40. 40.  Although most people with familial hemiplegic migraine recover completely between episodes, neurological symptoms such as memory loss and problems with attention can last for weeks or months  About 20 percent of people with this condition develop mild but permanent difficulty coordinating movements (ataxia), which may worsen with time.  There may be involuntary eye movements .
  41. 41.  The worldwide prevalence of familial hemiplegic migraine is unknown. Studies suggest that in Denmark about 1 in 10,000 people have hemiplegic migraine.
  42. 42.  Familial hemiplegic migraine type 1  Familial hemiplegic migraine type 2  Familial hemiplegic migraine type 3
  43. 43.  Mutations in the CACNA1A, ATP1A2, SCN1A, and PRRT2 genes have been found to cause familial hemiplegic migraine.  The first three genes provide instructions for making proteins that are involved in the transport of charged atoms (ions) across cell membranes.  The movement of these ions is critical for normal signaling between nerve cells (neurons) in the brain and other parts of the nervous system.
  44. 44.  The function of the protein produced from the PRRT2 gene is unknown, although studies suggest it interacts with a protein that helps control signaling between neurons.  Researchers believe that mutations in theCACNA1A, ATP1A2, and SCN1A genes can upset the balance of ions in neurons, which disrupts the normal release and uptake of certain neurotransmitters in the brain.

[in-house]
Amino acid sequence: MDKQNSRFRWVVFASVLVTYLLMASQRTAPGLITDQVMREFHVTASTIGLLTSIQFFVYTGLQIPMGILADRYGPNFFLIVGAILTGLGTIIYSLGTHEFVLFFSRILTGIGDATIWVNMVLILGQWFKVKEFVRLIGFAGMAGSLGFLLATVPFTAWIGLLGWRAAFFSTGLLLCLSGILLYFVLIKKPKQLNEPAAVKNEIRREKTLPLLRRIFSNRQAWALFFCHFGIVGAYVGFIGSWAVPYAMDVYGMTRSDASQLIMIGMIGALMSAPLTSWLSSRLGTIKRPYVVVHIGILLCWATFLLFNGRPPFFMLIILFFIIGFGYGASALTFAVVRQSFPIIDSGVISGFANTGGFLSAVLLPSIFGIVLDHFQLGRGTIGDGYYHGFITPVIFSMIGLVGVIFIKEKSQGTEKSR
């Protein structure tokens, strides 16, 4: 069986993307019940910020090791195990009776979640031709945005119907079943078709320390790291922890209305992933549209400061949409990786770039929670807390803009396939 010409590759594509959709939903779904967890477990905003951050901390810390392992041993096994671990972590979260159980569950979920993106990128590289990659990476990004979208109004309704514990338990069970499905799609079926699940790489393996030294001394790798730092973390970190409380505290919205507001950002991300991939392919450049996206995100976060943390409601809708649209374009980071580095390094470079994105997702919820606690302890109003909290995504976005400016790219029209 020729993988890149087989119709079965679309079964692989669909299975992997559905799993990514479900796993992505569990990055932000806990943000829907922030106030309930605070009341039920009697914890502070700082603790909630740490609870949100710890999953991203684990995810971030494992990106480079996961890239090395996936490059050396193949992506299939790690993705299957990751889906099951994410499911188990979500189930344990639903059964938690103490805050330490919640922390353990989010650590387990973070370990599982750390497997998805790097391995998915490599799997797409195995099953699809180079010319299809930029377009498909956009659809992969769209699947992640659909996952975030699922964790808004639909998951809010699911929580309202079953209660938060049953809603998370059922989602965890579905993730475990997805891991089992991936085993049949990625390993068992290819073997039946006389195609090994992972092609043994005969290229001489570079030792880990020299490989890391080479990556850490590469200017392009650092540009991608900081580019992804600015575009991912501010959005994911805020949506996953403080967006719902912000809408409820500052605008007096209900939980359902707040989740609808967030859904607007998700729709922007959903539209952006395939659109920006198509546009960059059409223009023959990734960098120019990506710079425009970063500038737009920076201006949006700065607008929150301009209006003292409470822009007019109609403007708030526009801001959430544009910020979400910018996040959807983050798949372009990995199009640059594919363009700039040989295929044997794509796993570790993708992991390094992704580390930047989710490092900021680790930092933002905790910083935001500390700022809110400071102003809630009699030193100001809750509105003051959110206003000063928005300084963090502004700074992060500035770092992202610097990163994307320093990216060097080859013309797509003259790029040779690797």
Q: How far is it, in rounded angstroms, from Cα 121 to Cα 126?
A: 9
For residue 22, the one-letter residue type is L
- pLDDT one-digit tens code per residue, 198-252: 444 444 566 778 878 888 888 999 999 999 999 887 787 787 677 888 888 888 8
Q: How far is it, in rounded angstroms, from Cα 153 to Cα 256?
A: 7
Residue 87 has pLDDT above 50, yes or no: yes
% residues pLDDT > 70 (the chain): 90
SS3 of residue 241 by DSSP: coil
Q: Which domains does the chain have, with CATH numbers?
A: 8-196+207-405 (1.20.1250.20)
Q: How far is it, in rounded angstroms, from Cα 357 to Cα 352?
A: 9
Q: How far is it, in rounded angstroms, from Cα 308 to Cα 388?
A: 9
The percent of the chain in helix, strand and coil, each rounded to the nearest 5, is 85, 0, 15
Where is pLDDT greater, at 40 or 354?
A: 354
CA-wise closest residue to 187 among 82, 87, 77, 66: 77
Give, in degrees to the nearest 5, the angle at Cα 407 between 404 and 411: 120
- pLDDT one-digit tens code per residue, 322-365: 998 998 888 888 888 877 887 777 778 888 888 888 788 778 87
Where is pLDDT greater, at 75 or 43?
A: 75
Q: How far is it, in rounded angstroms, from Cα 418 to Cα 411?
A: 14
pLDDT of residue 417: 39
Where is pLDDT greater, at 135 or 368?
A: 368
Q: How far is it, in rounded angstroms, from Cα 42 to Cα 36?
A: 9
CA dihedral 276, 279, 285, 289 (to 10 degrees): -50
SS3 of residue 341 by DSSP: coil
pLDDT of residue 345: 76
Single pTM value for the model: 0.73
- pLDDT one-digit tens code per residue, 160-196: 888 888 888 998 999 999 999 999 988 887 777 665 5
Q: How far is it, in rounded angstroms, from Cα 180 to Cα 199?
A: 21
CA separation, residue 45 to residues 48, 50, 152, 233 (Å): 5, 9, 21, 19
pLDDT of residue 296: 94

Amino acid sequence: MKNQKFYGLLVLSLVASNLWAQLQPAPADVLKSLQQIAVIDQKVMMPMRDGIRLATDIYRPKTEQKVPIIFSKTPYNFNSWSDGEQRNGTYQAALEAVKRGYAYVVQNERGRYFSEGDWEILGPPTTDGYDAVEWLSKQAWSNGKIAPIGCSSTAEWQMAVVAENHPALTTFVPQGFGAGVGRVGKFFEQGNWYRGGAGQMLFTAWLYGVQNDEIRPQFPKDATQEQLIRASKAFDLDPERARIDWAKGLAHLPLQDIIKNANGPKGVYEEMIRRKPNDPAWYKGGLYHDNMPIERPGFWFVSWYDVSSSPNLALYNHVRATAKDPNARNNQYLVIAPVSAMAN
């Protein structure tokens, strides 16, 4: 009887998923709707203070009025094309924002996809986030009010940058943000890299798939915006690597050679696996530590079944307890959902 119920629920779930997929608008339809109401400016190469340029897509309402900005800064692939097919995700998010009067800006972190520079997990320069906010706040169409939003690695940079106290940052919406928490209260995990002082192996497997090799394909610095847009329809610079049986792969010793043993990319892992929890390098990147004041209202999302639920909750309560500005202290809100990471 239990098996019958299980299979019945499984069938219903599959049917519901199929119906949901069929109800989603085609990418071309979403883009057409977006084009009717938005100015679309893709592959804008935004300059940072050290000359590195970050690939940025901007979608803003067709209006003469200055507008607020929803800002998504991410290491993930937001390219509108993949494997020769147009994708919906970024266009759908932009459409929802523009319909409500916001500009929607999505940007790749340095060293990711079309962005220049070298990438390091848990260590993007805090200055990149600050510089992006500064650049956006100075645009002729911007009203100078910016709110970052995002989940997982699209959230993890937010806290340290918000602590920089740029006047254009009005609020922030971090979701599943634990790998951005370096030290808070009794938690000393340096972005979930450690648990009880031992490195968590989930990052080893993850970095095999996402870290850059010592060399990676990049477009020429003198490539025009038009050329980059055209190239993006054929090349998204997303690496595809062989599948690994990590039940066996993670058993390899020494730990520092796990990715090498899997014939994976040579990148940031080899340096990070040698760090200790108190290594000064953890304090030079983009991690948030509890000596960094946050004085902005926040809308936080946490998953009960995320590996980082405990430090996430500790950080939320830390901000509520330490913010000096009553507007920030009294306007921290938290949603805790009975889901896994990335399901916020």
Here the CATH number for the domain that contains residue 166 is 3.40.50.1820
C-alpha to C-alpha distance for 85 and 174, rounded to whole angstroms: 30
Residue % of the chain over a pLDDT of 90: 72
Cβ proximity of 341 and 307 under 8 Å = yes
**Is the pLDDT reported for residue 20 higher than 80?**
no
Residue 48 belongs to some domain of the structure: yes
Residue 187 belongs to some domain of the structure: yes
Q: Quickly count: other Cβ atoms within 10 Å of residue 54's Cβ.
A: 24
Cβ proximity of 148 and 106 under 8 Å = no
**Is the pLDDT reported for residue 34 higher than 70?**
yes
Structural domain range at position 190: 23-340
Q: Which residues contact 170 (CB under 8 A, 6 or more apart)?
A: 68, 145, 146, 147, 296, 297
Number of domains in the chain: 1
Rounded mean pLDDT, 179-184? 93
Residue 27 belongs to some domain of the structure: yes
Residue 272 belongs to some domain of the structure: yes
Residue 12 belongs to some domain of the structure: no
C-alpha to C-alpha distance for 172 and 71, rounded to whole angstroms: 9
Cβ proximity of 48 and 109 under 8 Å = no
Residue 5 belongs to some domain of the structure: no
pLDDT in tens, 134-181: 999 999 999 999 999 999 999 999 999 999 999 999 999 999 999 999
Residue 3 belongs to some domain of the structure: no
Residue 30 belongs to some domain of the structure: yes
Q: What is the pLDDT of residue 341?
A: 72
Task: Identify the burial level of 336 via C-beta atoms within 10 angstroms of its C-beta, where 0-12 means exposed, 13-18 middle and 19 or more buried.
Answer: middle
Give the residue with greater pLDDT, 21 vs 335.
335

45. 45.  Although the mechanism is unknown, researchers speculate that mutations in the PRRT2 gene, which reduce the amount of PRRT2 protein, also disrupt normal control of neurotransmitter release.  The resulting changes in signaling between neurons lead people with familial hemiplegic migraine to develop these severe headaches.
  46. 46.  This condition is inherited in an autosomal dominant pattern  In most cases, affected individuals have one affected parent.  However, some people who inherit an altered gene never develop features of familial hemiplegic migraine. (This situation is known as reduced penetrance.)  A related condition, sporadic hemiplegic migraine, has identical signs and symptoms but occurs in individuals with no history of the disorder in their family.
  47. 47.  Criteria adapted from the Headache Classification Subcommittee of the International Headache Society  Familial hemiplegic migraine (HM) is a category of migraine with aura (MA).  Diagnostic criteria for HM are as follows:  Headaches fulfill criteria for MA  Aura includes some degree of hemiparesis and may be prolonged but fully reversible.  HM is categorized as familial if at least one first degree relative (i.e., parent, sib, and/or offspring) or second degree relative has identical attacks.  HM is sporadic if no first- or second degree relative meets criteria for hemiplegic migraine.
  48. 48.  Targeted variant analysis  Deletion or duplication analysis  Sequence analysis of the entire coding region  Mutation scanning of entire coding region
  49. 49.  Chronic migraine, was previously referred to as transformed migraine.  Characterized by headaches (tension-type and/or migraine) on 15 or more days per month, with at least 8 days per month fulfilling International Headache Society diagnostic criteria for migraine for at least 3 months in the absence of ongoing medication overuse (Olesen et al., 2006).
  50. 50.  Patients with chronic migraine usually have a history of episodic migraine that began in their second or third decade.  Though in majority evolution from episodic to chronicity is gradual, in
  51. 51.  The prevalence of a family history of migraine was recognized in the 17th century.  Most striking evidence of a genetic basis for migraine has come from investigations of familial hemiplegic migraine.